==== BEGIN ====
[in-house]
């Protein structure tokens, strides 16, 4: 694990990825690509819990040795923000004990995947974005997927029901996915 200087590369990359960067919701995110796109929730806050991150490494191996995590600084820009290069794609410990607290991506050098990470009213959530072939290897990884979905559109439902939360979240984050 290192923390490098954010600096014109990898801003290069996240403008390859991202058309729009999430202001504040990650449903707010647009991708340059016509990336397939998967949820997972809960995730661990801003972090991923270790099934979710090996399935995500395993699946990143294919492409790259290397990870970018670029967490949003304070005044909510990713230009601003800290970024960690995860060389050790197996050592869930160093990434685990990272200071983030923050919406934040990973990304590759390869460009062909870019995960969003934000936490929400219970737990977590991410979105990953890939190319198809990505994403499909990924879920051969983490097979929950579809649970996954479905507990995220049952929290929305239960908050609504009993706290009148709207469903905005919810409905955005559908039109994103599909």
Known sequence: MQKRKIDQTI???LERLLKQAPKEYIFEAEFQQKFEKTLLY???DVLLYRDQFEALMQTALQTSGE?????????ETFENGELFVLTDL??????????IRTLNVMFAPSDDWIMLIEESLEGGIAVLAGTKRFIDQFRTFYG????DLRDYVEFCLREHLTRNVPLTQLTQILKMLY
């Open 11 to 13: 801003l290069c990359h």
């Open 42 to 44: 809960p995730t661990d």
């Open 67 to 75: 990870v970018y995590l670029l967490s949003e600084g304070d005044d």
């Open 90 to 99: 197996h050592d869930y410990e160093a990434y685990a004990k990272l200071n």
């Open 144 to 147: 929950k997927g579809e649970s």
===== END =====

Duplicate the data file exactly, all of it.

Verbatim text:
[in-house]
């Protein structure tokens, strides 16, 4: 694990990825690509819990040795923000004990995947974005997927029901996915 200087590369990359960067919701995110796109929730806050991150490494191996995590600084820009290069794609410990607290991506050098990470009213959530072939290897990884979905559109439902939360979240984050 290192923390490098954010600096014109990898801003290069996240403008390859991202058309729009999430202001504040990650449903707010647009991708340059016509990336397939998967949820997972809960995730661990801003972090991923270790099934979710090996399935995500395993699946990143294919492409790259290397990870970018670029967490949003304070005044909510990713230009601003800290970024960690995860060389050790197996050592869930160093990434685990990272200071983030923050919406934040990973990304590759390869460009062909870019995960969003934000936490929400219970737990977590991410979105990953890939190319198809990505994403499909990924879920051969983490097979929950579809649970996954479905507990995220049952929290929305239960908050609504009993706290009148709207469903905005919810409905955005559908039109994103599909």
Known sequence: MQKRKIDQTI???LERLLKQAPKEYIFEAEFQQKFEKTLLY???DVLLYRDQFEALMQTALQTSGE?????????ETFENGELFVLTDL??????????IRTLNVMFAPSDDWIMLIEESLEGGIAVLAGTKRFIDQFRTFYG????DLRDYVEFCLREHLTRNVPLTQLTQILKMLY
């Open 11 to 13: 801003l290069c990359h």
């Open 42 to 44: 809960p995730t661990d």
């Open 67 to 75: 990870v970018y995590l670029l967490s949003e600084g304070d005044d």
């Open 90 to 99: 197996h050592d869930y410990e160093a990434y685990a004990k990272l200071n």
């Open 144 to 147: 929950k997927g579809e649970s």